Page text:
"It‘s putting a military presence up here ... flexing our muscles."

The patrol frigate HMCS Montreal is to sail sometime in August to the Arctic, where it will be joined by five CH-146 Griffon helicopters and two companies of the 2nd Battalion, Royal Canadian Regiment, the largest combined force that has ever operated in the North.

Col. Pettis said such a "robust" military presence in the desolate tundra of Baffin Island will not go unnoticed.

"It sends a message, first of all to the people of the North, secondly to all Canadians and certainly to whatever other countries out there may be watching that we are here and that this place is important to us," he said in a telephone interview from his headquarters in Yellowknife. "This is an attempt to demonstrate that we are here and we are paying attention to what happens in the North."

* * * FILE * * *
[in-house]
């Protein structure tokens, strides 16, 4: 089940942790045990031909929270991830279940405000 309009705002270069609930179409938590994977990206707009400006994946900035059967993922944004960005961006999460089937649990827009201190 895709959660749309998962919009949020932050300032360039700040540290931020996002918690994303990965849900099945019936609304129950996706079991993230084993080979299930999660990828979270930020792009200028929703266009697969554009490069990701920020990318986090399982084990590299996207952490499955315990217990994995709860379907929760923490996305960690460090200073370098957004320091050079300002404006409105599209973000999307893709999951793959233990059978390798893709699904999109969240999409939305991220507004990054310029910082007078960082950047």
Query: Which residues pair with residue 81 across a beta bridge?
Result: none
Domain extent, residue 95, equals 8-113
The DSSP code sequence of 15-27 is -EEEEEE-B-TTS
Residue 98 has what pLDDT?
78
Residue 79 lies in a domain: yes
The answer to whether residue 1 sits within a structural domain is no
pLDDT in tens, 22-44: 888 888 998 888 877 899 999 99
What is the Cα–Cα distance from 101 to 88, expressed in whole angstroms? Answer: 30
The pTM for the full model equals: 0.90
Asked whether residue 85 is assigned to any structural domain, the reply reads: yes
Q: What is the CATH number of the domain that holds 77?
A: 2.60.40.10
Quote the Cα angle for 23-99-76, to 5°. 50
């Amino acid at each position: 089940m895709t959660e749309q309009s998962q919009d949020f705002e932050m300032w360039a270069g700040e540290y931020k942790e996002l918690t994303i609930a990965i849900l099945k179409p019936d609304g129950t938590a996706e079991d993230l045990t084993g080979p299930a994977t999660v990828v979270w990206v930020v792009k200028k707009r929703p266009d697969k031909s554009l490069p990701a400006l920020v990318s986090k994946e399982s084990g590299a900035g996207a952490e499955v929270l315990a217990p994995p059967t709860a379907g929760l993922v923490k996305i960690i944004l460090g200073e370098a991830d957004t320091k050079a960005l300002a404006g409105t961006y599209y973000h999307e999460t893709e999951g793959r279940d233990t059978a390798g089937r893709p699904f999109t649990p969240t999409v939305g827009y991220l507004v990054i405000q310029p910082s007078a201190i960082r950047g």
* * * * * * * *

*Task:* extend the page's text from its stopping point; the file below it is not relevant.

Meanwhile, Canadian diplomats are considering an offer from the Danish ambassador to negotiate the future of Hans Island, a three-kilometre-long stretch of rock and ice in the Nares Strait between Ellesmere Island and Greenland.

Svend Roed Nielsen, the Danish government‘s top representative in Canada, told the National Post this week that he is willing to start "negotiating" with Canada.

However, he added that his government is not backing down from its claim that the barren and uninhabited island is in Danish territory.

Reynald Doiron, a Foreign Affairs spokesman, said Ottawa is considering a response to the ambassador‘s offer, but added that Canada is not backing down either. "Our position is that the island is ours; their position is that the island is theirs," he said.